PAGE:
A lot of businesses waste a lot of time on meetings that are not productive. We all know TIME IS MONEY which means, time isn't the only thing wasted on unproductive, ineffective meetings. It's been estimated that meetings cost businesses as much as $37 billion EVERY year.
Harvard Business Review has a meeting cost calculator that quantifies just how much money is lost during meetings and it's pretty appalling.
Before we continue…if you'd like to calculate how much money your company is spending on meetings (it may be a good starting place before reading the remainder of this blog), find the calculator as well as some other super interesting information, here.
Getting back to the point…
This subject begs the question: what is the “cost” of having no meetings? Albeit the monetary calculation is less tangible, there are downsides of failing to have team meetings. Teams collaborate better, communicate better, and build their interpersonal relationships better when effective meetings are introduced. For one thing, nonverbal communication makes up around 55% of our messages. Body language, facial expressions and other types of nonverbal communication can change an entire discussion and cut down on a lot of confusion or misunderstandings.
To make the most of your team meetings:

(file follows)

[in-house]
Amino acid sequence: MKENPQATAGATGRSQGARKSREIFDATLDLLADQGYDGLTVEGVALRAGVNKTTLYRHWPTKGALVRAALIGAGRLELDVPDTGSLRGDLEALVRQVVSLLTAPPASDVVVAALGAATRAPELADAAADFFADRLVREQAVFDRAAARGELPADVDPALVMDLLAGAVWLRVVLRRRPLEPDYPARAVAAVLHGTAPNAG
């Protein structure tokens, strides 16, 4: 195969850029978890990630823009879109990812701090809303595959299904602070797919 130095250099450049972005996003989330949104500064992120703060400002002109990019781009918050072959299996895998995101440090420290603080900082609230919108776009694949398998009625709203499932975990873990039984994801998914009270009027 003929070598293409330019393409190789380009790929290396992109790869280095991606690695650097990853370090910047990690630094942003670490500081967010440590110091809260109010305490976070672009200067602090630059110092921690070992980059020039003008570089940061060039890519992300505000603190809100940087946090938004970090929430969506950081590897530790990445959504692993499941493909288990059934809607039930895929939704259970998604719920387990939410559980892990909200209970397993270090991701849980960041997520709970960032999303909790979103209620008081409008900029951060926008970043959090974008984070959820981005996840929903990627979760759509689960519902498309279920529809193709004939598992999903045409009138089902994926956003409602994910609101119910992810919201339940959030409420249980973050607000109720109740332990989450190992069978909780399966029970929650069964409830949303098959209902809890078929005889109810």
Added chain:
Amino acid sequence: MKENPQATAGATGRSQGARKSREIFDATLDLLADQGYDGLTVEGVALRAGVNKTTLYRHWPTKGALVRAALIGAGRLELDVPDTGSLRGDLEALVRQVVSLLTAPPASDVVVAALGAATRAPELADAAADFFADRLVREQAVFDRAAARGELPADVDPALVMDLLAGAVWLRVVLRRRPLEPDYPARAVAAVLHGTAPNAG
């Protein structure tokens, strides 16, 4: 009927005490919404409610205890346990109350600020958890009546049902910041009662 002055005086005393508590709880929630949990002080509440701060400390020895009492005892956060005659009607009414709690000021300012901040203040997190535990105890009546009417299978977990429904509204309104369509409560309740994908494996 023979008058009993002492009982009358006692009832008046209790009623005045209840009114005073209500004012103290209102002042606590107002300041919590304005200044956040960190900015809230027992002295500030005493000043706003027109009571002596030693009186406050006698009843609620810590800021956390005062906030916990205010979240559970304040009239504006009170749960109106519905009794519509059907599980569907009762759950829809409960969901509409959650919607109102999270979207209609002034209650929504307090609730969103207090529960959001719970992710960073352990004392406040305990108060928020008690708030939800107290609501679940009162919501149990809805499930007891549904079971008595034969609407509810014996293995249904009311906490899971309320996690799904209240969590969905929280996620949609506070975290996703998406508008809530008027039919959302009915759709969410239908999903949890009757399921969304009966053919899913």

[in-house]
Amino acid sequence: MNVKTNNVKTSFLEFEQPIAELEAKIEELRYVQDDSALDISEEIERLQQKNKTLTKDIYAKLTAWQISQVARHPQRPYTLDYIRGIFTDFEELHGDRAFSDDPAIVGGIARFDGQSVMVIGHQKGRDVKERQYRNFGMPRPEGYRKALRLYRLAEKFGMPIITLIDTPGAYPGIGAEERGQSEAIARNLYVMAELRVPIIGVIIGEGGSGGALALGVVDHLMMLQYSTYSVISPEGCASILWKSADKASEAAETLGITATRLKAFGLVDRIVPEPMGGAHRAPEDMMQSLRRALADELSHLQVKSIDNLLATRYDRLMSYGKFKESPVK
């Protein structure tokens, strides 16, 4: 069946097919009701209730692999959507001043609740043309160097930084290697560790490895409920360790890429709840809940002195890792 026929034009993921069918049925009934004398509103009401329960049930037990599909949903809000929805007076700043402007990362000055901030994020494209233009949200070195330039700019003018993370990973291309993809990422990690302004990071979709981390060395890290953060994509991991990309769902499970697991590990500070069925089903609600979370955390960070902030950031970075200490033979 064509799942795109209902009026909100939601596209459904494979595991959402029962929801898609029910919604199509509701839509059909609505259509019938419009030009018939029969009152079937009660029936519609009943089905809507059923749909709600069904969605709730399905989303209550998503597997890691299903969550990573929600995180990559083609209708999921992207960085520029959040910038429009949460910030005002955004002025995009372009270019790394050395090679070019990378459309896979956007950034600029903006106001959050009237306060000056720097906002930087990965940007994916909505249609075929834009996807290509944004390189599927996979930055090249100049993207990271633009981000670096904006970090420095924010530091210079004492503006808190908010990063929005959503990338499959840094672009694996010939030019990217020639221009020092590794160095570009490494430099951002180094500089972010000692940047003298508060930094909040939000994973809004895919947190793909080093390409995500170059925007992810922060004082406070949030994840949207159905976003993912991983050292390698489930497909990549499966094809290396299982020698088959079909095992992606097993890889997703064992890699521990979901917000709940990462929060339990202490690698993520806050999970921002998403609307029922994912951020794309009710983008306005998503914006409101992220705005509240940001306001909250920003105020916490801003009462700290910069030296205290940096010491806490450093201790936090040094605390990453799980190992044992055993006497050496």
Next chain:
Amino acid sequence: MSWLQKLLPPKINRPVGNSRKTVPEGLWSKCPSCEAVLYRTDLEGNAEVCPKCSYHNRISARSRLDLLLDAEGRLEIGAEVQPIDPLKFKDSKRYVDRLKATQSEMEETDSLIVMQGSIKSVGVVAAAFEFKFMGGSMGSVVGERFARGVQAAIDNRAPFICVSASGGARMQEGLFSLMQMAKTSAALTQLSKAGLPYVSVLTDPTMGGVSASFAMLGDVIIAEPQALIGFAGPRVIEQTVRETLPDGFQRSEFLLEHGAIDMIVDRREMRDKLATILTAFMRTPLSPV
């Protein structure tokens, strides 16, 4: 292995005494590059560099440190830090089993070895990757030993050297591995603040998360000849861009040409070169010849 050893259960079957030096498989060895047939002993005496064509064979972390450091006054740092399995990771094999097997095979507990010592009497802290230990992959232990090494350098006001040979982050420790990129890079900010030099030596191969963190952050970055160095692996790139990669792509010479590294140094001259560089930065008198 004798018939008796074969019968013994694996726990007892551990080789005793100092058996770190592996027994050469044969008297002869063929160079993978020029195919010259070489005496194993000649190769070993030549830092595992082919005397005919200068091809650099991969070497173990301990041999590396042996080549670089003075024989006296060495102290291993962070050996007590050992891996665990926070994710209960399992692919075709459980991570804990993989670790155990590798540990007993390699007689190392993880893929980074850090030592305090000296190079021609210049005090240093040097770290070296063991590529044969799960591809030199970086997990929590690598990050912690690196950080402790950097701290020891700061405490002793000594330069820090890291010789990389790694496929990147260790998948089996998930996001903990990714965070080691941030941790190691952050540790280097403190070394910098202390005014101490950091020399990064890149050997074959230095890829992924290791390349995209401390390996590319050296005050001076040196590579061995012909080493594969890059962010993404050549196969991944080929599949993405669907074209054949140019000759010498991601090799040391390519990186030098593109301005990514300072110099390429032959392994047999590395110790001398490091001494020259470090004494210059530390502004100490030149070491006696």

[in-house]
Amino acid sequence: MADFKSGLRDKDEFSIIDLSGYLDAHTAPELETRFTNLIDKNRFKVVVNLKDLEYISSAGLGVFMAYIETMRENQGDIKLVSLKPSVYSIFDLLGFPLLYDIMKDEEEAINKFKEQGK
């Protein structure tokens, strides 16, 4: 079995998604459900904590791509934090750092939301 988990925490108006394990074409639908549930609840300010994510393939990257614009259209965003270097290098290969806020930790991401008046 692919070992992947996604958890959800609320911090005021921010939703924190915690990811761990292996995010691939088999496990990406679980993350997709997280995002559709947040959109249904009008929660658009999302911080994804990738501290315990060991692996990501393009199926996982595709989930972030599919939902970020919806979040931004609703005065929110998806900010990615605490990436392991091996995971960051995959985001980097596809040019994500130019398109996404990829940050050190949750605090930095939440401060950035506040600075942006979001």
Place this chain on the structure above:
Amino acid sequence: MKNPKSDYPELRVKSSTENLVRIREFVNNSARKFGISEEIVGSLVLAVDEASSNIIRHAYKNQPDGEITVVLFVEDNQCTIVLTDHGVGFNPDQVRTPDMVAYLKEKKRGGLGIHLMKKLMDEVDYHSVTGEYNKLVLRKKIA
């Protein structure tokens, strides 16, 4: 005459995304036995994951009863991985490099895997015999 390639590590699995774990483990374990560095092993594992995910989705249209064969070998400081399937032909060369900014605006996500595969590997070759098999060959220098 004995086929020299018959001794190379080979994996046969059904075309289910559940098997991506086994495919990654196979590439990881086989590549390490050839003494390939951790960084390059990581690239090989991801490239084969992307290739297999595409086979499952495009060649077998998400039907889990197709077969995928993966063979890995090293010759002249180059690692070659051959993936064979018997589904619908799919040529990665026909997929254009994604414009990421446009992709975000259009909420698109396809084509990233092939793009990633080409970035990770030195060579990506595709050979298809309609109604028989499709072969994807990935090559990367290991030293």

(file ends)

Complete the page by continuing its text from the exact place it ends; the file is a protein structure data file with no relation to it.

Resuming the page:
- Make an agenda
- Stick to it: limit small talk prior to starting the meeting – that is time wasted, and team bonding can occur on a separate occasion.
- Change it or scrap it on the agenda if it does not bring value or productiveness to the group.
- Listen as effectively as you lead: equally as important as staying on topic, is hearing what your team members have to say. This is where collaboration and project momentum will occur.
- Keep in short and stay on topic: if a greater issue is uncovered, table it and schedule a new meeting to address the new topic.
- Follow up: for any high-level meetings, we suggest recording them or having an assigned individual send notes to everyone involved. This will give time for everyone to reflect on what occurred, then formulate their follow-up emails that will see their action items to the finish line.
There's a lot of reasons why meetings are important and why we should work collaboratively to optimize efficiency and boost creativity. The key is to ensure that your meetings are PRODUCTIVE to you, to your employees, and to your organization as a whole.
If they are, then they should be worth every penny.
For more, head to http://operationsagency.com/class